- whatever homosexual attractions remained had become less troubling
So clearly, this type of therapy can and does benefit a certain population. Not everyone, certainly, but many.
An Important Disclaimer
Now admittedly, this was not a broad-based survey with a representative sample of everyone who has ever seen a therapist or counselor to try to address dissatisfaction with same-sex attractions. This was only a survey of people affiliated directly or indirectly with Brothers Road. It’s what professional researchers call a “convenience sample,” so the results are frankly going to be skewed towards those who feel more positively inclined towards concerted efforts to channel or redirect one’s sexual attractions.
These findings — while reflective of common experiences within our own community — cannot be projected onto a larger, broader population. Neither are they predictive of what others are necessarily likely to experience.
What About Alleged Harm?
Haven’t “sexual orientation change efforts been proven to be harmful?
No. “No study using a random survey concludes that reorientation therapy is likely to be harmful.” Read more at “Haven’t sexual-orientation change efforts been proven to be harmful?“
Within the Brothers Road community, most of us have found that our efforts to understand and address our unwanted same-sex attractions have been hugely beneficial. Read more at “What About Harm?“
Ironically, many of us have felt harmed not by our so-called “change efforts” but by those who actively opposed our personal goals and values. Read more at “Counter-Cultural Harm: Hostility to Our Goals.”
It’s Not a Mental Illness
Oftentimes, the talking points and position papers of the counseling trade associations falsely assume that therapy for same-sex attractions must be based on the false idea that homosexuality is inherently a mental illness or mental disorder or disease. In our experience, that is not true at all. It is certainly not the case among any of the practitioners that we, as a community, are familiar with or whom we have engaged as professional therapists, counselors or life coaches.
And it’s not true for us as an organization, either. Brothers on a Road Less Traveled does not consider homosexuality to be a mental illness or mental disorder or disease.
That doesn’t mean that everyone who experiences SSA welcomes it or finds it constructive or something to be embraced or celebrated. Not everyone feels that “gay” fits their identity, their values or life goals.
It’s Not Coercive, and It’s Not a ‘Cure’
Opponents of therapy for same-sex attraction love to speak of therapists or others supposedly trying to force change on someone else against their will. They often even use the pejorative term “cure,” which almost no one ever uses except enemies of therapy rights.
In our own experience, this almost never happens — and if it does, of course it is unethical, immoral and should perhaps even be illegal.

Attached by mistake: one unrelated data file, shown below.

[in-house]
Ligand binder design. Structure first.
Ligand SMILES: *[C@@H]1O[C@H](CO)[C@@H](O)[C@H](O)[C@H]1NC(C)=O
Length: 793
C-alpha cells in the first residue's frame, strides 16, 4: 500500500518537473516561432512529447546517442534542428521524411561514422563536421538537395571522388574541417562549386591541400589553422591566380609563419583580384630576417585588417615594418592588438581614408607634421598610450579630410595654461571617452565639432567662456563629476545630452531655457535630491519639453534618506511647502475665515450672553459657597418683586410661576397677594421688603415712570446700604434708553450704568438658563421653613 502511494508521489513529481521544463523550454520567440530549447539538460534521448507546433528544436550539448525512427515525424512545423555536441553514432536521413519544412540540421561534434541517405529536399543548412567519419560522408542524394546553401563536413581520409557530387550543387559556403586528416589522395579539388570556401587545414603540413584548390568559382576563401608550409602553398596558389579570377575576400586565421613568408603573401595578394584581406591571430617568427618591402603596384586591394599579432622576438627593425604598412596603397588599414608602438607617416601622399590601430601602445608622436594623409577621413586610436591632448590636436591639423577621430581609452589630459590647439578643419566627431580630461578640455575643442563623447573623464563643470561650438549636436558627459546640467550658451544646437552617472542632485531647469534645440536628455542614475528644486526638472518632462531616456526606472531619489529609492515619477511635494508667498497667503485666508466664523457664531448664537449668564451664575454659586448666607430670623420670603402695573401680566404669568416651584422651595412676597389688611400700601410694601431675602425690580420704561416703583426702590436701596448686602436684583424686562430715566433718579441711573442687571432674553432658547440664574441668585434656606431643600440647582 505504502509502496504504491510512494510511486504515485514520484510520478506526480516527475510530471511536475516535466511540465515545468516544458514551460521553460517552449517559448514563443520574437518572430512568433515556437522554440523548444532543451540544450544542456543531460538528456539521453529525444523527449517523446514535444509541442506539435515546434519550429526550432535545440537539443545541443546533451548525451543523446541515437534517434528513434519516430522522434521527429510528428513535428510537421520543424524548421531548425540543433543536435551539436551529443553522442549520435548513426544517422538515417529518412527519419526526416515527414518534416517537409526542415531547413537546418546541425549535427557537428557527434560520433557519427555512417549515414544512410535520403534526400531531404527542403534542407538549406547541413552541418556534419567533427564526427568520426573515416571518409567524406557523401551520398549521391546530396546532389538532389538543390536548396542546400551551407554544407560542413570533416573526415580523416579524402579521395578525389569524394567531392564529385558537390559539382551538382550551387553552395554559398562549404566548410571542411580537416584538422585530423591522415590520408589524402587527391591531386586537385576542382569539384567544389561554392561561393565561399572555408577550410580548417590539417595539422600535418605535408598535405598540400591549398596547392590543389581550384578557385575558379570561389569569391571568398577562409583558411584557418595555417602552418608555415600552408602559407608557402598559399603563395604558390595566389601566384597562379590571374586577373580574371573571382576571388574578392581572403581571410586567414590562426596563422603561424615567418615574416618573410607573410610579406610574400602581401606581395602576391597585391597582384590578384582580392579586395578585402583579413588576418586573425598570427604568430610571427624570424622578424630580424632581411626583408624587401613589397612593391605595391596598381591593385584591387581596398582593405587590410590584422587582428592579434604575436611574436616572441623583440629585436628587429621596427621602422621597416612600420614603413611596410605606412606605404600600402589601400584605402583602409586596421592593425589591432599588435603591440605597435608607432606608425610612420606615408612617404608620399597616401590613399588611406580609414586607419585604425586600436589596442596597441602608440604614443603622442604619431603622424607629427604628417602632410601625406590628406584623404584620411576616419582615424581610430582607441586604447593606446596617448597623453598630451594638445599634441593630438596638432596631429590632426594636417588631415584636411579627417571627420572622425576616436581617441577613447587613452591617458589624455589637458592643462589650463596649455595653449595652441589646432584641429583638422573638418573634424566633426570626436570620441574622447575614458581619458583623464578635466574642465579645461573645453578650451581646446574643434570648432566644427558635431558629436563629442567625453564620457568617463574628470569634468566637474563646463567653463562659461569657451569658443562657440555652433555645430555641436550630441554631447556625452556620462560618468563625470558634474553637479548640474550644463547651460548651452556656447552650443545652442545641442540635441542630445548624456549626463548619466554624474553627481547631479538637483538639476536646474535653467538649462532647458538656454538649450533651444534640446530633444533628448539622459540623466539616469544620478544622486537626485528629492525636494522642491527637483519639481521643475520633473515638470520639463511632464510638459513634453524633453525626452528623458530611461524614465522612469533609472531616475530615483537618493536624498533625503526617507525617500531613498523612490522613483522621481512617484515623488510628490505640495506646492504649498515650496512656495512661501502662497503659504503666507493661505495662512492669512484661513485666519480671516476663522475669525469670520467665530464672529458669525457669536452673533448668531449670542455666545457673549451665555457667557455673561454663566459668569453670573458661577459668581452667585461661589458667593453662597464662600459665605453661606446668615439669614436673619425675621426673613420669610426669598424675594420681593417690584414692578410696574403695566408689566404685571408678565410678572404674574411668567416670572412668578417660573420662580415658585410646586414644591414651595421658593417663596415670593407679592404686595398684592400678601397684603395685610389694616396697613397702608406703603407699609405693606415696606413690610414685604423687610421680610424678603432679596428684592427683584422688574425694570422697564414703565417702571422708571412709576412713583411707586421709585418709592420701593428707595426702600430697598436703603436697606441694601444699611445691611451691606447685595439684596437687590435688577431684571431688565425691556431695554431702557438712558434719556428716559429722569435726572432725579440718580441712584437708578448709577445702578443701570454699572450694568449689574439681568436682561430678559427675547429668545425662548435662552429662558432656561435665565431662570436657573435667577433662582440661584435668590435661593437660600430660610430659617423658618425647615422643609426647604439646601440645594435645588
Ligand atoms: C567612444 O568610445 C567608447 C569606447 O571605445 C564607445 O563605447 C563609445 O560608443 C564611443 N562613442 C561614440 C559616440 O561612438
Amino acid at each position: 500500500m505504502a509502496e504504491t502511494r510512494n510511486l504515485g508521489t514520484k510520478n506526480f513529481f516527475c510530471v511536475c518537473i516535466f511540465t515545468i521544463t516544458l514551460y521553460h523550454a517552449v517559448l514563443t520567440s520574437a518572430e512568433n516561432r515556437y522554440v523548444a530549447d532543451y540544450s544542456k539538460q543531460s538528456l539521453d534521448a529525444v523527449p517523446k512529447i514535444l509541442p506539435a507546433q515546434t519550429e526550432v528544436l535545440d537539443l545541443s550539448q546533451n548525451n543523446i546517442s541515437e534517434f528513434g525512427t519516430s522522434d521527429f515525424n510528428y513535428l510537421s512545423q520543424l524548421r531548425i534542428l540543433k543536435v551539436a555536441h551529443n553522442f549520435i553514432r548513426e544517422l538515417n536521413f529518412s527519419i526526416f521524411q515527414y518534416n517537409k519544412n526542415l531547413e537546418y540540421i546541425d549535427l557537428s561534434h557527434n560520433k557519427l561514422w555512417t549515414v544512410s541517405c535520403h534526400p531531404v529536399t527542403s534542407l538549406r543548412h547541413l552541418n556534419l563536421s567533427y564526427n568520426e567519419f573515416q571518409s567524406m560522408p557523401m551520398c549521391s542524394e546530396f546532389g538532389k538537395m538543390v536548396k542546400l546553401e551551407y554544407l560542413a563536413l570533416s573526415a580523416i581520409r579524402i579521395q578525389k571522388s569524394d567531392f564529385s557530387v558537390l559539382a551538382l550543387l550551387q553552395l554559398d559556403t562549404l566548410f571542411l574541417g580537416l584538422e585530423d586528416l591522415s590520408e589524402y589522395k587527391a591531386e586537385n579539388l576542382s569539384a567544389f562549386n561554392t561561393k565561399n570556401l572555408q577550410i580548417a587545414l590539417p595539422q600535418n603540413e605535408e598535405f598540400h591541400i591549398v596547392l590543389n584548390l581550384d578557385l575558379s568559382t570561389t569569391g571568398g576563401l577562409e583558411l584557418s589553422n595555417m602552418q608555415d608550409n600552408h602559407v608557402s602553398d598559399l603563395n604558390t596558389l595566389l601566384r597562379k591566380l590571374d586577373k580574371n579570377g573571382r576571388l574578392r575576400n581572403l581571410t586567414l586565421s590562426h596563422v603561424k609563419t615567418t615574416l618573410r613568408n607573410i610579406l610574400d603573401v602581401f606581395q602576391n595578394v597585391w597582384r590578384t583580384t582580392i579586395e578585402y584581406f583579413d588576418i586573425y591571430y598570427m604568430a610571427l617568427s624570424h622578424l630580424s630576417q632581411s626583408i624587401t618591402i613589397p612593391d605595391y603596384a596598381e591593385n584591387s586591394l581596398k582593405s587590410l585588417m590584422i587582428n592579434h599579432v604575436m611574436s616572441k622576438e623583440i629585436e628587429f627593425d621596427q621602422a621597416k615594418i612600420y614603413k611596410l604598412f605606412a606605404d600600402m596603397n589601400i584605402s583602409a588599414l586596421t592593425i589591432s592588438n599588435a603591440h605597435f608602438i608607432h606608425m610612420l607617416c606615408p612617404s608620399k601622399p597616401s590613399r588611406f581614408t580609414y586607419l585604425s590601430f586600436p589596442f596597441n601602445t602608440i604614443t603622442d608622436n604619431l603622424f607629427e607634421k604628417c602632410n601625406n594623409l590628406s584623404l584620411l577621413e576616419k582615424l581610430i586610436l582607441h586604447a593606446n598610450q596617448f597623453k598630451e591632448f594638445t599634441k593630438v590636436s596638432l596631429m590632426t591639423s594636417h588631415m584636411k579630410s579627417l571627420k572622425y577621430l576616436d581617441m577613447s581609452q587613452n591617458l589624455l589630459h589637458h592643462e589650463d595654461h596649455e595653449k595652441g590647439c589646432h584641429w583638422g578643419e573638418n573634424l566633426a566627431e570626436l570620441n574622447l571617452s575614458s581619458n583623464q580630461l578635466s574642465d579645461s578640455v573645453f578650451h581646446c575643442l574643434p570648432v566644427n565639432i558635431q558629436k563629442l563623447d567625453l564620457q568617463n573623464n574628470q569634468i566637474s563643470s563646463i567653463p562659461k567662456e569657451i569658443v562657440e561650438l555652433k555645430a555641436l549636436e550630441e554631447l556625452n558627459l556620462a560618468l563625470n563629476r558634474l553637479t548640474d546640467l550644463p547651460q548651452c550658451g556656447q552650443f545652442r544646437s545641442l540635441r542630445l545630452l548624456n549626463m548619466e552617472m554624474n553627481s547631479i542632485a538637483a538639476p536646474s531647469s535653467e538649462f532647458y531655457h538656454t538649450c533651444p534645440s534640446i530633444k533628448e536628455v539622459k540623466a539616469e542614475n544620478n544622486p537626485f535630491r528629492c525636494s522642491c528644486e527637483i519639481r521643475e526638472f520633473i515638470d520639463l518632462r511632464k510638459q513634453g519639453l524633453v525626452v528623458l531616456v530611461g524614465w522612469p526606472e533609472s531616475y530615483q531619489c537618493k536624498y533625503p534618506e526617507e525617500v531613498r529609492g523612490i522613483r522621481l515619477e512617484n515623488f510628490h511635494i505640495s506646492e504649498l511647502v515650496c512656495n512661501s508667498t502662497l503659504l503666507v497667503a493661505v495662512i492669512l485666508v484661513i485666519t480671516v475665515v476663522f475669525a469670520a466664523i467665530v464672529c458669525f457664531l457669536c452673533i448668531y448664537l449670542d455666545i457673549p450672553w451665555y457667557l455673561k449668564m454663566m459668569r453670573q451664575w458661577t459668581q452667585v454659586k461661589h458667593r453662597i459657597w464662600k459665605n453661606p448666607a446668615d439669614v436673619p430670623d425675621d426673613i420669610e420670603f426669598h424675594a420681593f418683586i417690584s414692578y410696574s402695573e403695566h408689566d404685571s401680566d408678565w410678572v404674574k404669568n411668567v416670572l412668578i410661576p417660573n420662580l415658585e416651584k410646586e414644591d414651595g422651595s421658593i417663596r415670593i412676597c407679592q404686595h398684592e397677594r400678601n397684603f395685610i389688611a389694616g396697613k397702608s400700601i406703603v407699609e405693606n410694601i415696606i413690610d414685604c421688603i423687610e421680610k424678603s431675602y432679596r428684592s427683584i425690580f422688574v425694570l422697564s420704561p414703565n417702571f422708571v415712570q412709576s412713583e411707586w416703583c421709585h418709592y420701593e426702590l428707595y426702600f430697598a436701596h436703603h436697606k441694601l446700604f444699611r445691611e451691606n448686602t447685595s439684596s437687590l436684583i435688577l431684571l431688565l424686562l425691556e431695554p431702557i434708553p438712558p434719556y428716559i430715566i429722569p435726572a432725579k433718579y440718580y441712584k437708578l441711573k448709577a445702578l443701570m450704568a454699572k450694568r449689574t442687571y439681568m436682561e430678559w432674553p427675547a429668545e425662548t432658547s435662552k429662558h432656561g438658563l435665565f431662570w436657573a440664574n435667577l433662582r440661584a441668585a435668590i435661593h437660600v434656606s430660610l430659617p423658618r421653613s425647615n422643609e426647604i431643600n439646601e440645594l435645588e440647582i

In fact, in our community, we’ve more often seen the opposite occur: Therapists and others who try to push us to accept a gay identity and engage in gay relationships against our stated values and therapy goals!
Our Right to Self-Determination
A great many men in our Brothers Road community have had very positive — even life-saving — experiences working with competent professional therapists and life coaches who have helped us work through some of the complex issues related to same-sex attractions, self-identity, sexual behaviors, family dynamics, sexual abuse, and faith and values.
So we stand firmly in support of the right of all others to make their own choices as well.
The American Psychological Association describes a client’s right to self-determination to as a critical ethic of the psychological professions. (“Psychologists respect the dignity and worth of all people, and the rights of individuals to privacy, confidentiality, and self-determination.”)
And yet some gay-affirming therapists, politicians and gay lobbying organizations want to take that right away from those of us who experience our sexuality differently, or want to address it differently than the gay-affirming therapists, politicians and gay lobbyists think we should.
Many of community members have expressed grave concerns:
One should not even have to defend one’s right to seek this therapy! It works for me. I am at peace with myself, my family and my God and would be in a horrible mental condition had this therapy not been made available to me.
If one chooses to enter or remain in the gay lifestyle, that is his choice. This therapy is no threat to him. However, I chose a different path that brings me much sanity and peace of mind. NO ONE should attempt to take this choice from me or others.
It is my right to process my same-sex attraction in a manner that is true to my core self. I should not be judged or condemned for this path. While I respect another person’s decision to live a lifestyle in accordance with their beliefs, this same honor and respect should be afforded to me.
To state that I am not allowed to process my same sex attraction in a manner that is consistent with my personal value system is political and in direct conflict with the message of acceptance that is prevalent in pro-gay communities.
Prior to understanding my SSA, I had been incredibly repressed and conflicted by listening to gay advocates telling me that I needed to act upon my same-sex attractions to be whole. To the contrary, I have done nothing but blossom and become authentic to my deepest core self by accepting my SSA in a manner that is consistent with my values.
I am extremely concerned about any legal efforts to deny me or any individual the right to choose for themselves whether or not they want to pursue therapy, counseling, group support, or other treatments or processes to help work through SSA.
If these treatments and methods and support groups were not available to me, I do not believe I would be alive. I was so severely depressed and suicidal before pursing reparative therapy for my unwanted SSA.
As an American, my choice to not embrace a gay identity and to seek help in my life-goals should be my undeniable right under our constitution. Any legal efforts to prevent me from doing that takes away my freedom of choice, speech, religion and denies me the opportunity to choose for myself what help and counseling I will seek and what path I will follow in my life.